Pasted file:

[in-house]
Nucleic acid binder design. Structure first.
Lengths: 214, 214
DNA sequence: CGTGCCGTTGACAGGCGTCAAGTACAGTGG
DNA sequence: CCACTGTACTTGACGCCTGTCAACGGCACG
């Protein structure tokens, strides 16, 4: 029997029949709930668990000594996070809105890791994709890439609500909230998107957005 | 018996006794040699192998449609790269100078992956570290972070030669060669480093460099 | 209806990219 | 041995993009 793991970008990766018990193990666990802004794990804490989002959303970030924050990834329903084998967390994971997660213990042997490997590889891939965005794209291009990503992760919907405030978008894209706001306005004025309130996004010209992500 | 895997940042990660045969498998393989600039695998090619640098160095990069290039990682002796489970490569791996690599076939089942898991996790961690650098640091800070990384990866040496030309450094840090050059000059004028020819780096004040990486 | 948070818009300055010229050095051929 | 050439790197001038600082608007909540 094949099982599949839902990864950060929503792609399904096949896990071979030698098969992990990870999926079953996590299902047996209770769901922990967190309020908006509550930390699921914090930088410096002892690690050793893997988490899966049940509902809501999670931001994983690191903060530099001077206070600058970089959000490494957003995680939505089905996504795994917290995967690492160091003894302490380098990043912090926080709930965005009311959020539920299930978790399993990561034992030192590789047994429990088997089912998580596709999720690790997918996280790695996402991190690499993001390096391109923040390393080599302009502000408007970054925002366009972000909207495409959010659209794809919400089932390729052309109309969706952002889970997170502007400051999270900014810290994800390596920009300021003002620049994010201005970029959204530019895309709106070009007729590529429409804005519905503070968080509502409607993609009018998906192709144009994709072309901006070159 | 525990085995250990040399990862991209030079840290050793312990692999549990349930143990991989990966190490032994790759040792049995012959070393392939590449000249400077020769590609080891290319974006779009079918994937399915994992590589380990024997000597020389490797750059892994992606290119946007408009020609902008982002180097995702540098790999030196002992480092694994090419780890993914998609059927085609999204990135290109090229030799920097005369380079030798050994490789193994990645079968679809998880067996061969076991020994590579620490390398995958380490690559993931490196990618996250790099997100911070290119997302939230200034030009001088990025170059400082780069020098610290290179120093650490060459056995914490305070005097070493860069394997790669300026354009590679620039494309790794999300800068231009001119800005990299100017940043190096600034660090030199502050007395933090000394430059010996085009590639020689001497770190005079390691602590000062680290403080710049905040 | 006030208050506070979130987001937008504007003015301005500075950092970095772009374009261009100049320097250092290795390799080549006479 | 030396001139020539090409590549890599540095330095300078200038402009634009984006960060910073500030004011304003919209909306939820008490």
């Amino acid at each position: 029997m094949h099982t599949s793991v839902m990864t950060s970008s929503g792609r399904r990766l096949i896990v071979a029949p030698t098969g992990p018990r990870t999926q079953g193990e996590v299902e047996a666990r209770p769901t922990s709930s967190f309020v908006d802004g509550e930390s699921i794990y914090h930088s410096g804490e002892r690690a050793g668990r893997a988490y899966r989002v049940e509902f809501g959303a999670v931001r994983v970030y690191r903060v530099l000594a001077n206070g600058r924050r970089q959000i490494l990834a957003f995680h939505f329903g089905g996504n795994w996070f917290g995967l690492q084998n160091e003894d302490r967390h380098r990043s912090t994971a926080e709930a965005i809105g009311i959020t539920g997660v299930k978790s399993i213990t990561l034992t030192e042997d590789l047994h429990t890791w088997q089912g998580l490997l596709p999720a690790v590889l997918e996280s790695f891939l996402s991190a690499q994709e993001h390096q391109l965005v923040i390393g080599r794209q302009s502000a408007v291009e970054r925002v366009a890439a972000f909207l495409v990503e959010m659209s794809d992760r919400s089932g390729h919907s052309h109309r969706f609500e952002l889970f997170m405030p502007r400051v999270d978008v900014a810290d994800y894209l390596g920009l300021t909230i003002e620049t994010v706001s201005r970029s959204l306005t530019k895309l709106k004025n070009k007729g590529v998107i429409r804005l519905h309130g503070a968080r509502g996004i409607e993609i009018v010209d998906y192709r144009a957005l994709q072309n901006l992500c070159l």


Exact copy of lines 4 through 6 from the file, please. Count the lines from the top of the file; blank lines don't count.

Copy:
DNA sequence: CGTGCCGTTGACAGGCGTCAAGTACAGTGG
DNA sequence: CCACTGTACTTGACGCCTGTCAACGGCACG
């Protein structure tokens, strides 16, 4: 029997029949709930668990000594996070809105890791994709890439609500909230998107957005 | 018996006794040699192998449609790269100078992956570290972070030669060669480093460099 | 209806990219 | 041995993009 793991970008990766018990193990666990802004794990804490989002959303970030924050990834329903084998967390994971997660213990042997490997590889891939965005794209291009990503992760919907405030978008894209706001306005004025309130996004010209992500 | 895997940042990660045969498998393989600039695998090619640098160095990069290039990682002796489970490569791996690599076939089942898991996790961690650098640091800070990384990866040496030309450094840090050059000059004028020819780096004040990486 | 948070818009300055010229050095051929 | 050439790197001038600082608007909540 094949099982599949839902990864950060929503792609399904096949896990071979030698098969992990990870999926079953996590299902047996209770769901922990967190309020908006509550930390699921914090930088410096002892690690050793893997988490899966049940509902809501999670931001994983690191903060530099001077206070600058970089959000490494957003995680939505089905996504795994917290995967690492160091003894302490380098990043912090926080709930965005009311959020539920299930978790399993990561034992030192590789047994429990088997089912998580596709999720690790997918996280790695996402991190690499993001390096391109923040390393080599302009502000408007970054925002366009972000909207495409959010659209794809919400089932390729052309109309969706952002889970997170502007400051999270900014810290994800390596920009300021003002620049994010201005970029959204530019895309709106070009007729590529429409804005519905503070968080509502409607993609009018998906192709144009994709072309901006070159 | 525990085995250990040399990862991209030079840290050793312990692999549990349930143990991989990966190490032994790759040792049995012959070393392939590449000249400077020769590609080891290319974006779009079918994937399915994992590589380990024997000597020389490797750059892994992606290119946007408009020609902008982002180097995702540098790999030196002992480092694994090419780890993914998609059927085609999204990135290109090229030799920097005369380079030798050994490789193994990645079968679809998880067996061969076991020994590579620490390398995958380490690559993931490196990618996250790099997100911070290119997302939230200034030009001088990025170059400082780069020098610290290179120093650490060459056995914490305070005097070493860069394997790669300026354009590679620039494309790794999300800068231009001119800005990299100017940043190096600034660090030199502050007395933090000394430059010996085009590639020689001497770190005079390691602590000062680290403080710049905040 | 006030208050506070979130987001937008504007003015301005500075950092970095772009374009261009100049320097250092290795390799080549006479 | 030396001139020539090409590549890599540095330095300078200038402009634009984006960060910073500030004011304003919209909306939820008490």